Here we go again – four years after California’s last drought ended, the state is once more facing severe to extreme drought conditions and ramping up response actions. Per capita water use is lower across the state now compared to when the last drought began, thanks in large part to aggressive water use efficiency programs incorporated into ongoing conservation efforts. Yet, the demand hardening from these programs leaves the state wondering how much additional conservation it can rely on to meet current drought conditions. However, our experience gained during the last historic drought has us prepared to proactively respond with some additional tools – including better data, more sophisticated means of communication, newly updated Water Shortage Contingency Plans, and a greater understanding of system water loss – that will help our clients address potential water supply shortages.
Regardless of experience and tools, each drought poses new challenges and back-to-back droughts create unique obstacles. In the wake of the previous drought, many utilities implemented longer-term drought preparedness programs, such as adding Advanced Metering Infrastructure (AMI), developing robust water use efficiency programs, identifying new water supply, developing water storage, and instituting new data collection and management. The current drought conditions are putting pressure on utilities to accelerate long-term efforts while simultaneously engaging in immediate drought response measures, such as shortage plan implementation, short-term water transfers and contracts, water use monitoring and reporting, applying for emergency funds, and responding to customer and media inquiries. Despite utilities staff being pulled in multiple directions, critical water resources management decisions need to be justified and made quickly to meet the rapid pace of changing drought conditions.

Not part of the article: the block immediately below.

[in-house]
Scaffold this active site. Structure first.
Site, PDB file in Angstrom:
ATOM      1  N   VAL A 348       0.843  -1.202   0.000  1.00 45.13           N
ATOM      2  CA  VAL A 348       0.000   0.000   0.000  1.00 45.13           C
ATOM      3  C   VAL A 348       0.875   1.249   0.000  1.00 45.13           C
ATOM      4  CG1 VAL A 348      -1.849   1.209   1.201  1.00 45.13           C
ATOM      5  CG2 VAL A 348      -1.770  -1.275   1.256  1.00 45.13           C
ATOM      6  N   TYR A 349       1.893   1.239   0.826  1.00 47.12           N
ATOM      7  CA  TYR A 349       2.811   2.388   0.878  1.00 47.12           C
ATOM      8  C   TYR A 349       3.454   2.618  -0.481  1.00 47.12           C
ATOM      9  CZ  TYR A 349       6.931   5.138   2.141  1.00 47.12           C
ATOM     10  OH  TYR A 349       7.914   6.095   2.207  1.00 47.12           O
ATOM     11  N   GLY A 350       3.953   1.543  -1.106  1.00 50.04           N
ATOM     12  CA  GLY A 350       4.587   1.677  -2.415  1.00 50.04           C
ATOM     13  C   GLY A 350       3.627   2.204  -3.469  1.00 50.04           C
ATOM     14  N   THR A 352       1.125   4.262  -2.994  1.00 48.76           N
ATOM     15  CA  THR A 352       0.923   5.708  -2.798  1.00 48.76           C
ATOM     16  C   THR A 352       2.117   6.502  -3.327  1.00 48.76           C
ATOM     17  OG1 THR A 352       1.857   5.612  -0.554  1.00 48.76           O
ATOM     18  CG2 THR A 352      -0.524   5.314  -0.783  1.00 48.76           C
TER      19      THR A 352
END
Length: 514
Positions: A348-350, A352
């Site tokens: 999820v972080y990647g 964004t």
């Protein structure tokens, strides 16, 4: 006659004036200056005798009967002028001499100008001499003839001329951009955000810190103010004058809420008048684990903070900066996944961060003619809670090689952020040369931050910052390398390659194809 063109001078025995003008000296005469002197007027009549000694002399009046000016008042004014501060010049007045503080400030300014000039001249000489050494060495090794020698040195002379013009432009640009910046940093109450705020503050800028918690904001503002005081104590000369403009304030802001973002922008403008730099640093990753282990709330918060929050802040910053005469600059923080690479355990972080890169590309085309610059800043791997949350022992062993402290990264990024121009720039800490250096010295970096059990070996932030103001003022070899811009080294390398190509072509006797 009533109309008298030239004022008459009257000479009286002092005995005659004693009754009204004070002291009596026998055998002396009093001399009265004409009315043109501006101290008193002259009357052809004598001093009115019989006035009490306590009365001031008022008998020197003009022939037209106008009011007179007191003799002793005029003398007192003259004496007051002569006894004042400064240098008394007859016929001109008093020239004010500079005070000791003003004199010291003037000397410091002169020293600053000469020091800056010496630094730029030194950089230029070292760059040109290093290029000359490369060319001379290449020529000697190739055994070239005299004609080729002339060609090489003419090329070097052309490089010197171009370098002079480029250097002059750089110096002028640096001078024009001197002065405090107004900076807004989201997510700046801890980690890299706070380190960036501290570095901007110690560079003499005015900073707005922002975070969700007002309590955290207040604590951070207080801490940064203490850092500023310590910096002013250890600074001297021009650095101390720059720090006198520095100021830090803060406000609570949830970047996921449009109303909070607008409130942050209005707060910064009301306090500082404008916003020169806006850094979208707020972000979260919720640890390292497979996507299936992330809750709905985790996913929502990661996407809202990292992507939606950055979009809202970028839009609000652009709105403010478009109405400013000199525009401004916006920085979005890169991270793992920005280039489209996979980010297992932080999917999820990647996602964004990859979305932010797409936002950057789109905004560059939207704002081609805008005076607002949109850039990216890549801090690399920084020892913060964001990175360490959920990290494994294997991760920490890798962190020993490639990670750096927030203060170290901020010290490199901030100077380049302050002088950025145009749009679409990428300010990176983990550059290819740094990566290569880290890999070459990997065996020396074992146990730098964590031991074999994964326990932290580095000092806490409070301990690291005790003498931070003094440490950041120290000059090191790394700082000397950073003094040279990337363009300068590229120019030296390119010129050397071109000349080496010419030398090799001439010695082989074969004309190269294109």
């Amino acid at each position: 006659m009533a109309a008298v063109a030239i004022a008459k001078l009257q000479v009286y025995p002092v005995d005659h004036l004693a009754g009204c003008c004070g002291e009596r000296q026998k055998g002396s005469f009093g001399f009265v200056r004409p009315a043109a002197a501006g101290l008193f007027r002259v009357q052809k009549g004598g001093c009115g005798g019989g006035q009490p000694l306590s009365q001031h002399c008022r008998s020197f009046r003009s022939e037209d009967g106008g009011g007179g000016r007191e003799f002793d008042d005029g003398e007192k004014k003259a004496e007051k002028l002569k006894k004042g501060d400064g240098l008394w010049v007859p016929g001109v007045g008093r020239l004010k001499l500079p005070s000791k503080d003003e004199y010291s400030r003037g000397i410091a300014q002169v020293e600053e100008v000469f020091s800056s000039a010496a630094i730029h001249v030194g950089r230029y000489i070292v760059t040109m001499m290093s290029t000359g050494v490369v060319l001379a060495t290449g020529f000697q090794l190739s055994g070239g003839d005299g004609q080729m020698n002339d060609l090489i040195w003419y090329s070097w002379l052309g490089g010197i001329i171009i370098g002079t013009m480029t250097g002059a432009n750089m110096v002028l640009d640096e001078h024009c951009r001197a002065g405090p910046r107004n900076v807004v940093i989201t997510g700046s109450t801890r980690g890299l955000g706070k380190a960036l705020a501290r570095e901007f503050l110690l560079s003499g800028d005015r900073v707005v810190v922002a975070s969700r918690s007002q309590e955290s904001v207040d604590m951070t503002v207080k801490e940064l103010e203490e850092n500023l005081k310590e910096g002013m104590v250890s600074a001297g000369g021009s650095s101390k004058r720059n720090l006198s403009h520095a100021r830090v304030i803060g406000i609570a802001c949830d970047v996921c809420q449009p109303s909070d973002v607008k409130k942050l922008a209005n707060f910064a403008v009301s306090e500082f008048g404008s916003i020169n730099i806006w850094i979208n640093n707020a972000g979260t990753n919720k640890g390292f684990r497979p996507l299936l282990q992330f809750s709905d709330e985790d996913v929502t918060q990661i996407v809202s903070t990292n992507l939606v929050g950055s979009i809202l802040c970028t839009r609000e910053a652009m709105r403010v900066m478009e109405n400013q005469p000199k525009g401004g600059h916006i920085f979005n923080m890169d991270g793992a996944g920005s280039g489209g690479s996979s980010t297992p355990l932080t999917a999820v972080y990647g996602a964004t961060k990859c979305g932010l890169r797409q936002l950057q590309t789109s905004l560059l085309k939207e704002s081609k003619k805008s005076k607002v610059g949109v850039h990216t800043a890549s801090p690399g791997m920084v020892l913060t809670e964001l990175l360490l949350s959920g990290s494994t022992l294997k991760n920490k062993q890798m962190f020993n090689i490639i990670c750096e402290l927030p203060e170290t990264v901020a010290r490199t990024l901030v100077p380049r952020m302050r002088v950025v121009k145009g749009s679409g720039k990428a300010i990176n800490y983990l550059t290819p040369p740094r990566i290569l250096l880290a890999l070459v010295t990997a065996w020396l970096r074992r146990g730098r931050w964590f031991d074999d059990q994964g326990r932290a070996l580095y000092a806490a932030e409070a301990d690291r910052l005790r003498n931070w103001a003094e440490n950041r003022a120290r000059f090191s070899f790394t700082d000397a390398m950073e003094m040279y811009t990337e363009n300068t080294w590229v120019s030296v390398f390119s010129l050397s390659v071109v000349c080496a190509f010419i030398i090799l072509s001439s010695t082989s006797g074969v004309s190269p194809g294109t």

Woodard & Curran is focused on supporting our clients to expedite short-term response in concert with long-term planning efforts to ensure these decisions are meeting today’s needs while also working towards a sustainable future. In the city of Burlingame, we are conducting an AMI technology assessment to help accelerate system application to increase data collection, which will provide a better understanding of drought use patterns for future planning. In the city of Santa Rosa, we are assisting staff in preparation of a net-zero development ordinance, as well as considering future implications and strategies for growth-related water use.
Drought fatigue occurs as customers become less receptive to conservation messaging, especially when the request to conserve seems constant. Such little time between droughts and consistent messaging to consumers creates a higher level of drought fatigue, which results in less reduction in customer water use. This is coupled with demand hardening among utilities that were extremely successful in reducing water use during the last drought and maintained a lower per capita demand since. These utilities are squeezing additional efficiency measures from their most willing customers, which becomes increasingly challenging. As such, we are helping clients overcome these challenges by modeling demand and conservation to provide a rapid assessment of current water use patterns to target specific customers and water users with potentially lower levels of drought fatigue and demand hardening.